When I give people the tools they need to take better care of themselves— the language to say no, permission to gracefully disappoint others, strategies for setting firm boundaries that honor one’s time and energy, for instance—it can appear selfish at first. But here’s the thing: I’m encouraging people to honor the soul, not the ego. In reality, good soul-care fosters integrity. It means telling the truth, and making choices from love rather than guilt or obligation, thereby strengthening relationships all around.

Of course, there’s a deeper cultural dynamic at work here, one that has been set in place for centuries. We cannot be controlled if we develop a mind of our own, a desire for freedom, and health, and personal power. It is empowering to practice good self-care, and the tribes we belong to may not like it. Those tribes might take the form of our marriage, family, employers, political establishments, or religious organizations. Tribes tend to resist change, and people who are empowered don’t go along to get along.

No worries, I tell my interviewer, as we continue our discussion.  At first glance self-care may appear to be selfish, but without caring for our own needs we’re incapable of experiencing true, authentic connections with ourselves and others. And ultimately that’s what we all long for. We just go about it in the wrong way, by people-pleasing and stifling our own desires.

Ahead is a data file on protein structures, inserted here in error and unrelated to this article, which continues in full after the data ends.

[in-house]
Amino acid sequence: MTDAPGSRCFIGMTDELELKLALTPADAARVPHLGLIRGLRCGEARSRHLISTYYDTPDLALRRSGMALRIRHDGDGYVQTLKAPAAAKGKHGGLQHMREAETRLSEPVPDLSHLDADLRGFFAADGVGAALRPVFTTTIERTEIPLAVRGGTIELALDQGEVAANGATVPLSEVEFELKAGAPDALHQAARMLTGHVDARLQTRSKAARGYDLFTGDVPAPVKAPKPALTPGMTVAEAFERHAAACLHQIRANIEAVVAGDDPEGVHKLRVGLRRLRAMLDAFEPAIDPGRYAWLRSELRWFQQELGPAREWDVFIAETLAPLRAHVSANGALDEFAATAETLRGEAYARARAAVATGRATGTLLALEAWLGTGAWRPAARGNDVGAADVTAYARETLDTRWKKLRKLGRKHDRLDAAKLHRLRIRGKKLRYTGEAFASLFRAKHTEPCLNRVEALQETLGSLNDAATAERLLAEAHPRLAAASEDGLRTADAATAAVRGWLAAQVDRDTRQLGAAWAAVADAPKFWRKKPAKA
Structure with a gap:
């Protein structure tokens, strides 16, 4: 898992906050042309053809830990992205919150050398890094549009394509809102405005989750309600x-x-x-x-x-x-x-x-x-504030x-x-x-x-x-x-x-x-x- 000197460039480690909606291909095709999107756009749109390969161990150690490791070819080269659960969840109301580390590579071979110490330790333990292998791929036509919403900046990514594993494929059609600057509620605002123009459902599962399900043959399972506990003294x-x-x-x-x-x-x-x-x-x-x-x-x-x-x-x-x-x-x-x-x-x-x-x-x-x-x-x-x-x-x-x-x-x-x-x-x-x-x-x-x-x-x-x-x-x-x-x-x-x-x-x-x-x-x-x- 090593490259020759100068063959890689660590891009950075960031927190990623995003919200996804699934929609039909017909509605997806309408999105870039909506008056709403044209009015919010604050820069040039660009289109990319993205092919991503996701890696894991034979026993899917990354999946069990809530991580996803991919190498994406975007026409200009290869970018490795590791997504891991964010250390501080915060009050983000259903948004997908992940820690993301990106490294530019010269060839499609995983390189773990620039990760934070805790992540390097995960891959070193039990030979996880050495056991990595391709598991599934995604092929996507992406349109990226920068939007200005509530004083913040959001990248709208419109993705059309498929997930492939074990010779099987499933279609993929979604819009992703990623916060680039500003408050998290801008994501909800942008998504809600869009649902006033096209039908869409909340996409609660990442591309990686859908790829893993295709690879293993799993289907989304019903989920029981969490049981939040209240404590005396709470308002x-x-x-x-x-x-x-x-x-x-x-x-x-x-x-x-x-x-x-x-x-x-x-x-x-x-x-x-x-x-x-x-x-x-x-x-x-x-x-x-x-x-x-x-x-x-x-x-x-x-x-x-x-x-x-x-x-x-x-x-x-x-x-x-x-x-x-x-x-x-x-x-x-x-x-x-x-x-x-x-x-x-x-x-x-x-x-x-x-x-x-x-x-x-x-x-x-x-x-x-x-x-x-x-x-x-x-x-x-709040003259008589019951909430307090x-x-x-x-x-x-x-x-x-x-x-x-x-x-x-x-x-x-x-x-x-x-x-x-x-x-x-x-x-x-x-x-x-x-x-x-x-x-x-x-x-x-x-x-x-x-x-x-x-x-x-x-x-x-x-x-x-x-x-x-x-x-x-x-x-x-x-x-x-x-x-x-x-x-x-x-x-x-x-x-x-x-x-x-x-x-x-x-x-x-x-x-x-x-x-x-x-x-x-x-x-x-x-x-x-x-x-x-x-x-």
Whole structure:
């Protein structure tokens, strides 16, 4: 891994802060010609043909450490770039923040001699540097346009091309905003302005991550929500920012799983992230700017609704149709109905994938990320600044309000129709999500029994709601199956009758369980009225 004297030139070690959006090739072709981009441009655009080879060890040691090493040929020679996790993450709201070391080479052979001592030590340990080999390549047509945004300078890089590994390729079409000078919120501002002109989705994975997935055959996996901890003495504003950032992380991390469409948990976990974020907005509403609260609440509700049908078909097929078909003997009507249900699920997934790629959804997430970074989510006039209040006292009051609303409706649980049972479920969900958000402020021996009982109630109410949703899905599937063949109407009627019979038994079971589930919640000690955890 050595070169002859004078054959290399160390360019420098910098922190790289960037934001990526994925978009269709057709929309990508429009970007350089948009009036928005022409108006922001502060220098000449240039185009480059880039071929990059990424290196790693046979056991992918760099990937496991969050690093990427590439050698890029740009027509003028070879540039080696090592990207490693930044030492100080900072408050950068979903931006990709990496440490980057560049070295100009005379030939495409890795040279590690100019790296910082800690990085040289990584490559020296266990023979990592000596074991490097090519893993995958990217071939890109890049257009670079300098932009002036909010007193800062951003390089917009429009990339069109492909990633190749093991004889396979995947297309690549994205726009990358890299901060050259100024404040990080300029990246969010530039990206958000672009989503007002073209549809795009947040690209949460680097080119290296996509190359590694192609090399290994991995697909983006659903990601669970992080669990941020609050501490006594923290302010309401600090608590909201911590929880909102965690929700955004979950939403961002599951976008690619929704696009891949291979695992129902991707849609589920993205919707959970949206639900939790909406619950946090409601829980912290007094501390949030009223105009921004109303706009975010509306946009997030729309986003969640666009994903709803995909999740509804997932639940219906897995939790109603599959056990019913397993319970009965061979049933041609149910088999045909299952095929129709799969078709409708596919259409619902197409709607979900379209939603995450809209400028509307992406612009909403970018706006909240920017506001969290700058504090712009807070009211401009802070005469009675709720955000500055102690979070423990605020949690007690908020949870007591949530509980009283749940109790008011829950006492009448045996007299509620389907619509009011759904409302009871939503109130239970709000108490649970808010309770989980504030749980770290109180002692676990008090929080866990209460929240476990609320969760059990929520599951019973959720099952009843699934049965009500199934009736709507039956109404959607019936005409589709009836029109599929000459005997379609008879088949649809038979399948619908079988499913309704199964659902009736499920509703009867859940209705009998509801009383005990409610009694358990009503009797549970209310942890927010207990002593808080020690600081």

When we finish the interview, I walk away thinking about my own self-care. I began my career by teaching what I needed to learn, and now that I’ve learned it, I need to remember it. Selfish is good. Paying attention to what my soul needs and doing something about it is the key to getting back on track. And I need to get back on track. I’m growing weary of the road, of my life, really, and I feel like I’m losing a vital connection to myself. There are signs of system overload, the beginning of a descent.

For years I’ve told my coaching clients that all positive change begins with telling the truth. Don’t worry about what you’ll do with the truth, I’d explain, just start naming it. And sure enough, once they’d talk about what wasn’t working in their lives, I’d watch the Universe line up doorways that opened at the most opportune times, making it easier to take the actions that honor their real needs and desires. They just had to align their energy with truth.

So what’s my truth? What isn’t working anymore? Where might I need an open door?

I don’t feel good in my body. Although I’ve started walking and have lost some weight, traveling makes it difficult to stay on track. I don’t sleep well in hotels, and I end up feeling exhausted more often than not. Eating is a challenge, too. I find myself using sweets for comfort while on the road and it not only leaves me feeling moody and physically sluggish, but I’m also tortured by the way I beat myself up for not being more disciplined and committed to my health. It’s a constant reminder of what I said I’d regret most when I considered my own death.